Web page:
Completely agree.  Brian was/is a pretty sensitive guy, and John's biting, sarcastic wit would probably have been misunderstood.  I can visualize John telling Brian to "Sod Off" and Brian taking that to heart.
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Lonely Summer
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« Reply #33 on: May 10, 2016, 04:20:50 PM »

If Carl and George traded places, how different would the guitar parts have sounded on the early records? Listen to the intros of Fun, Fun, Fun versus Roll Over Beethoven.  Similar riffs, but Carl's FFF part sounds a little more fluid and effortless, and George's ROB part sounds a little more clunky. 
Too bad they never got together to work on some songs. I think they played similar roles in their respective bands - lead guitar, backup vocals (although Carl got more lead vocals as the years went on), didn't write a lot of songs although both came up with some gems (Here Comes the Sun and Something are the 2 best songs on Abbey Road, and Carl came up with 2 of the best on Surf's Up, Long Promised Road and Feel Flows); and both were very spiritual men (yes, Mike is the one always talking meditation and all that, but Carl was the one that always had that Zen-like calm about him; George had a grumpy side that came out from time to time).
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« Reply #34 on: February 11, 2017, 11:48:35 PM »

I think the more realistic thread title would be if one of the members could work with the other band for a track or two, which one would it be?  And in truth - any of The Beatles would work fine that way and vice-versa.  I could totally see Mike or Carl or Brian or anyone being on a track like Back In The USSR or Revolution or co-write something.  Paul and Brian in a long term thing you say would clash - but I say maybe not because Paul and John worked together all those years.  And had Yoko not been adding to the tension (by John insisting she sit there) things might have been more pleasant.  By the way Paul always wanted John's approval (even when John admitted behind the scenes "I can't keep up with this guy."  And one more thing - don't assume John was the experimental one.  Paul was the real experimental one.  He was into avant garde first, getting into John Cage and Stockhausen before John.  He came up with the tape loops on Tomorrow Never Knows.  He was behind the Carnival of Light idea they did in early 1967.  John was at his best doing lyrics.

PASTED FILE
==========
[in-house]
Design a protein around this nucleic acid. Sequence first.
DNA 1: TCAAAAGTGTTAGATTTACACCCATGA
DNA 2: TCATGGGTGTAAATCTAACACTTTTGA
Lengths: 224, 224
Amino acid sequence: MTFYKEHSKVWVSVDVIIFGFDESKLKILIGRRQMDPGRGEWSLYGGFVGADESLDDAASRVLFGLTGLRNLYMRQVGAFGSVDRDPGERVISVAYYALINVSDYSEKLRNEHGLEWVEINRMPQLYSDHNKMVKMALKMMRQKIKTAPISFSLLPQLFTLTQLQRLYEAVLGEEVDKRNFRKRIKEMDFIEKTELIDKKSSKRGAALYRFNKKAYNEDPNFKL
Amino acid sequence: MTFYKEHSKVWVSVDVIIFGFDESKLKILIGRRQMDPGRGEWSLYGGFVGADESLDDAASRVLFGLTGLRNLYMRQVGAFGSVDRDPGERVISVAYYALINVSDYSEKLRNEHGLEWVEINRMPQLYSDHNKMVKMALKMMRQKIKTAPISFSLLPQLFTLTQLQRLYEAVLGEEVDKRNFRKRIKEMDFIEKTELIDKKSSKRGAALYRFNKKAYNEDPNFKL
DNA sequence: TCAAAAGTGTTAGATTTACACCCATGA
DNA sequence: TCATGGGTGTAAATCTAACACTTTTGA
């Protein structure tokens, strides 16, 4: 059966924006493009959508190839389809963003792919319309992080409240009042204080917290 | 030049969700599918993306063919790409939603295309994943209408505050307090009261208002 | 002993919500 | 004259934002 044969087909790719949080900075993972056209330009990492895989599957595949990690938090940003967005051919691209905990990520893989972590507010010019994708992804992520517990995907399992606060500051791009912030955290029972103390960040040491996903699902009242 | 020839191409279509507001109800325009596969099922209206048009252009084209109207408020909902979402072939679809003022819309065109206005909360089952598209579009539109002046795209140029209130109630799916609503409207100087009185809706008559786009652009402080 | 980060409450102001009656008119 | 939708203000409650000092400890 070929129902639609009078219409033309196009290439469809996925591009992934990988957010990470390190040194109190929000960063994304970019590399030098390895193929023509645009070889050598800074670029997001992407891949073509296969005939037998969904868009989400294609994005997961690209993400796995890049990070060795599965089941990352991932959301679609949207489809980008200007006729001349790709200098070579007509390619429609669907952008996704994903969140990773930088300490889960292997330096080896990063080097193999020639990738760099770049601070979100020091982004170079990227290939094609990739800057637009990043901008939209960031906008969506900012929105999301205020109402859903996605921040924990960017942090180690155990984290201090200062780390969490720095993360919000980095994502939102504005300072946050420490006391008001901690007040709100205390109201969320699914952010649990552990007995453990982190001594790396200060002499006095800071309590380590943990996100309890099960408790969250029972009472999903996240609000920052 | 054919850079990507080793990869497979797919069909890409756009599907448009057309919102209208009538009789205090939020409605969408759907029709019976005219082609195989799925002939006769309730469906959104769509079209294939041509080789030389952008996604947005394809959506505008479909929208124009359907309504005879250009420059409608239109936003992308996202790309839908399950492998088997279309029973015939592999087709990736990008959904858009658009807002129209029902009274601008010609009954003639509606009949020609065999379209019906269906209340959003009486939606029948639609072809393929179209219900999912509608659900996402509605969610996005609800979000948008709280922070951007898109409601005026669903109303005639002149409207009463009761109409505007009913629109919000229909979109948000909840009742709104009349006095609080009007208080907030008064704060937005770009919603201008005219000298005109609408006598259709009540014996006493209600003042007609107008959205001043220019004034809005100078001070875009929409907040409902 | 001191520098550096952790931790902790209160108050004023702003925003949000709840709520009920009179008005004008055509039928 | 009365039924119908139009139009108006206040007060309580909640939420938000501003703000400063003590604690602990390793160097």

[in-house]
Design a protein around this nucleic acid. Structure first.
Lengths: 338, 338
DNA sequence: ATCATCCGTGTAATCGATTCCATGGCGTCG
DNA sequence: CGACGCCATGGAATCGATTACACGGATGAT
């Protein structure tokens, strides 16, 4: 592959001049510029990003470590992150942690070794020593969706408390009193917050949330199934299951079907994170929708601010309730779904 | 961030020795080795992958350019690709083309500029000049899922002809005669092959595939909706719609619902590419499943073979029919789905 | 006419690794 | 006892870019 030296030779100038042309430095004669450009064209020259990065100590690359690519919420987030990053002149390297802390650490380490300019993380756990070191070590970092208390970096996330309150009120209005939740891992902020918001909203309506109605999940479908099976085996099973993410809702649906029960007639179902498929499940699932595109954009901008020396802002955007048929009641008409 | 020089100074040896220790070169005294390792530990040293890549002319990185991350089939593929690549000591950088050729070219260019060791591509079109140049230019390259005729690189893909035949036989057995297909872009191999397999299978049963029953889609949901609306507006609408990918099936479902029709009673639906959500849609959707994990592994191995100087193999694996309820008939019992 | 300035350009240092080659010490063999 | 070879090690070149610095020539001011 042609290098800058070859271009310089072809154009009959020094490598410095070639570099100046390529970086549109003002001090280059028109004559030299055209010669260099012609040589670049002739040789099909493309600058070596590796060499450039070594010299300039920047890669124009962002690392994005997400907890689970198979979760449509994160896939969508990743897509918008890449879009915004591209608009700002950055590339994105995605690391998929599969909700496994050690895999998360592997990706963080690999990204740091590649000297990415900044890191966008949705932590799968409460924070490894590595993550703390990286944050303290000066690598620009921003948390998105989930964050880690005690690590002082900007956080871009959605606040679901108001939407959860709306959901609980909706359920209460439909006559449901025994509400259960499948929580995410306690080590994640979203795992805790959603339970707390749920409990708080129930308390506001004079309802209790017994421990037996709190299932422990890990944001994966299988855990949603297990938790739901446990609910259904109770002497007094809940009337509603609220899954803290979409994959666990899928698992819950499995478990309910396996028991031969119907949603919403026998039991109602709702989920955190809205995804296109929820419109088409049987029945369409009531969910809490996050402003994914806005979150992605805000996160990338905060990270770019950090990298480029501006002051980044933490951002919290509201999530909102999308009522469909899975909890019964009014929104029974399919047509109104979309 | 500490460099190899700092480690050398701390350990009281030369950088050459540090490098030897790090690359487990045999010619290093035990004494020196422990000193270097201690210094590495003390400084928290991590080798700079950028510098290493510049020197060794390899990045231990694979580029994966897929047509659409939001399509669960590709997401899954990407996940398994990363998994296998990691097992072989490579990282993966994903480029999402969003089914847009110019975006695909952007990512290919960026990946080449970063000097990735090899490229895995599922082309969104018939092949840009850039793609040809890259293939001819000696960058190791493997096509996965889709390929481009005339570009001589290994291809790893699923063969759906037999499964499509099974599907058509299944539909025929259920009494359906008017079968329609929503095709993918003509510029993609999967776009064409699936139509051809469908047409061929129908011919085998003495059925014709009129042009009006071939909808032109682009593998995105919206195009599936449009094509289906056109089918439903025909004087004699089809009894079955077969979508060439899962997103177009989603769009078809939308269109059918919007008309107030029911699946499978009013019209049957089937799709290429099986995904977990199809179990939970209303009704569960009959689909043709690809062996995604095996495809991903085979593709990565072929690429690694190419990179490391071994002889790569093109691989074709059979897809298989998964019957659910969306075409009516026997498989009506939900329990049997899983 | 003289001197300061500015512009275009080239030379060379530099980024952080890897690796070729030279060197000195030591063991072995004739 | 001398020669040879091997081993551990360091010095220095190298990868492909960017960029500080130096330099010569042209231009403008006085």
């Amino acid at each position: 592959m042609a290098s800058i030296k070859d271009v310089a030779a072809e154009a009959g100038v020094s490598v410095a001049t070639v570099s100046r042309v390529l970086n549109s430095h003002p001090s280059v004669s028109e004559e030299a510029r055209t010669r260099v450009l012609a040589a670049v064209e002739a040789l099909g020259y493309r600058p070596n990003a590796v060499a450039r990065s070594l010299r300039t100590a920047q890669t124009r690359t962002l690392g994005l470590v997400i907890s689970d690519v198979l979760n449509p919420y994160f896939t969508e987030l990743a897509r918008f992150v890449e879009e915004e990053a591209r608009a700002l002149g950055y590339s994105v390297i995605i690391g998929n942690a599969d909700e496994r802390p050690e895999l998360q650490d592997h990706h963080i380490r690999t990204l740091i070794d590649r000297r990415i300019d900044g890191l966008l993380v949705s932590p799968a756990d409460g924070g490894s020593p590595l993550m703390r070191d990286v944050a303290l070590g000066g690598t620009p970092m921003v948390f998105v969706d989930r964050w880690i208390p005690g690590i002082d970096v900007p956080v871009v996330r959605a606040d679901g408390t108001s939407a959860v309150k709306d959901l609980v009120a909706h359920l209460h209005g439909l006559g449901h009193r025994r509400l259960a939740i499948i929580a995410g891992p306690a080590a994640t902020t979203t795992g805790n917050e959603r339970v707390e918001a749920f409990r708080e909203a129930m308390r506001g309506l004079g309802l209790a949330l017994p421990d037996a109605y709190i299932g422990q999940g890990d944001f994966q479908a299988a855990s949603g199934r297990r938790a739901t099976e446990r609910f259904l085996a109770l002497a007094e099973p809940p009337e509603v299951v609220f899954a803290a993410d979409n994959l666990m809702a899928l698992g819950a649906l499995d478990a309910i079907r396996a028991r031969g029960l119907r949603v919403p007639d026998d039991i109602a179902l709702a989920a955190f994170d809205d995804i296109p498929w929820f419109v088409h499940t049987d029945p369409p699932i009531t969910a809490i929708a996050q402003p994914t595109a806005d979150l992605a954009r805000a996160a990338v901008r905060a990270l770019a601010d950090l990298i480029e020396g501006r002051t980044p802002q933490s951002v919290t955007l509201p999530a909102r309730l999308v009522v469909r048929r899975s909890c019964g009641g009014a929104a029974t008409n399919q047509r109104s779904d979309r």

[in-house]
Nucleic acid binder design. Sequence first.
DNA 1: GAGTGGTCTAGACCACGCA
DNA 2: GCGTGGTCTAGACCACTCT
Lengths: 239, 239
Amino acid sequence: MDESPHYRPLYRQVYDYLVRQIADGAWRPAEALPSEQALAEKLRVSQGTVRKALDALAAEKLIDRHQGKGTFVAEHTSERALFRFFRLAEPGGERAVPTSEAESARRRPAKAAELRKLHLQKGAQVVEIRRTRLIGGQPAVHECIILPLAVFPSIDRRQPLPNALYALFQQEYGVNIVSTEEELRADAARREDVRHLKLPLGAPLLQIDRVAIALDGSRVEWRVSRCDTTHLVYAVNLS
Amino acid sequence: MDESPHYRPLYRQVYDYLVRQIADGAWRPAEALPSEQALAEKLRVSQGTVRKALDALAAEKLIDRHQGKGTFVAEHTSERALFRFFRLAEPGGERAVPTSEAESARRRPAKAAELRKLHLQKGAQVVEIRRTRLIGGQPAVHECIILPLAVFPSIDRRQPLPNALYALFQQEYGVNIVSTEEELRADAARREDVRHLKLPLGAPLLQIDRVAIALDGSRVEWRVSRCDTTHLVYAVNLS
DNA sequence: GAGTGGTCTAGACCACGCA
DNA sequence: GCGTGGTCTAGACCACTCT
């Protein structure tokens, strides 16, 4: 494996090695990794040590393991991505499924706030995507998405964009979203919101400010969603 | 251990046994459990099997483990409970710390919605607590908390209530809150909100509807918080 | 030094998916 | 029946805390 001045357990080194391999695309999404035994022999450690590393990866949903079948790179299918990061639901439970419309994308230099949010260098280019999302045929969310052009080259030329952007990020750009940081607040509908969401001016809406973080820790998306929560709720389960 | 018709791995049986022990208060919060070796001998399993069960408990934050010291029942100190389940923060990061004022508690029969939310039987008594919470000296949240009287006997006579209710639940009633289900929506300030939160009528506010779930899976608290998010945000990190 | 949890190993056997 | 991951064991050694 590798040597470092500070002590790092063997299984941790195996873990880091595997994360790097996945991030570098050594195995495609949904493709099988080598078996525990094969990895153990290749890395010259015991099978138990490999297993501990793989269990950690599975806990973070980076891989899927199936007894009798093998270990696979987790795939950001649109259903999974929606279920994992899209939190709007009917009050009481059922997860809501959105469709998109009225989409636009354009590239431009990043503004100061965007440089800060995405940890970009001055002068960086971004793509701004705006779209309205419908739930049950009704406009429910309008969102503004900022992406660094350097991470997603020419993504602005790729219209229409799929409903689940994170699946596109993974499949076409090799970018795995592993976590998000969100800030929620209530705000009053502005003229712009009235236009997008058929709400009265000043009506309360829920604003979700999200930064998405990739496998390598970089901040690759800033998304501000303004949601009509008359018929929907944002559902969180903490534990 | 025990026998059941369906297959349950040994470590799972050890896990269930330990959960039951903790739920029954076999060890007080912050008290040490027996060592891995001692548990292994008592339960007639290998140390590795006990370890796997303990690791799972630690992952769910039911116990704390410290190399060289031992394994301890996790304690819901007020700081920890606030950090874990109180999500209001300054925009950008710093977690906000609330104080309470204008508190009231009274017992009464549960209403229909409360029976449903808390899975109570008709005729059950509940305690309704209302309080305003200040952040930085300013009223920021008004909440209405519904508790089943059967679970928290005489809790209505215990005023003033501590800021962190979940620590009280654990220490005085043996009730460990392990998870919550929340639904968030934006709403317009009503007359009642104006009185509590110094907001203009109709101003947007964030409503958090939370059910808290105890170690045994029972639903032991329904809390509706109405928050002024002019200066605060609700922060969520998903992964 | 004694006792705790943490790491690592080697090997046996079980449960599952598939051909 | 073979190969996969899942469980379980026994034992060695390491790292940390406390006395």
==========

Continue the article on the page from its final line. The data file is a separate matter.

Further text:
Agree about Yoko - she should've been out of the studio - as in go home or sth. John wasn't very nice to let her stay there. It's business, nobody should be allowed *in* besides the Beatles, engineers etc. Just because he's leader doesn't mean he should annoyingly let any interloper. I can't believe that Yoko & other girls sang background vocs. Wish it was just the guys. Not some off-key, can't-sing-at-all unprofessional girl vocals. F.ex. "Birthday", "Bungalow Bill". Business is business, the other stuff is the other stuff. There's place & time for everything. John was being capricious by making Yoko being eyes & ears of the sessions. As if she could add anything useful. No wonder the other 3 were annoyed & frustrated big time.

You're right, Paul was into experiments. People credit John for being the weirdo & Paul traditional but it's just myth, nothing else. What you said about Paul plus his MMT creation shows he could be equally as weird, if not more. John's suit was, by & large, lyrics.
« Last Edit: February 11, 2017, 11:54:29 PM by RangeRoverA1 » Logged

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« Reply #35 on: February 12, 2017, 09:01:41 AM »

Murry for the Beatles (yes with a Beatles hair cut and as the lead singer and producer and sole songwriter) "Do do be do do do do, do be de do Hey Jude! Boppity bop!" and Jimmy Nichols for the Beach Boys..

Best post of this thread.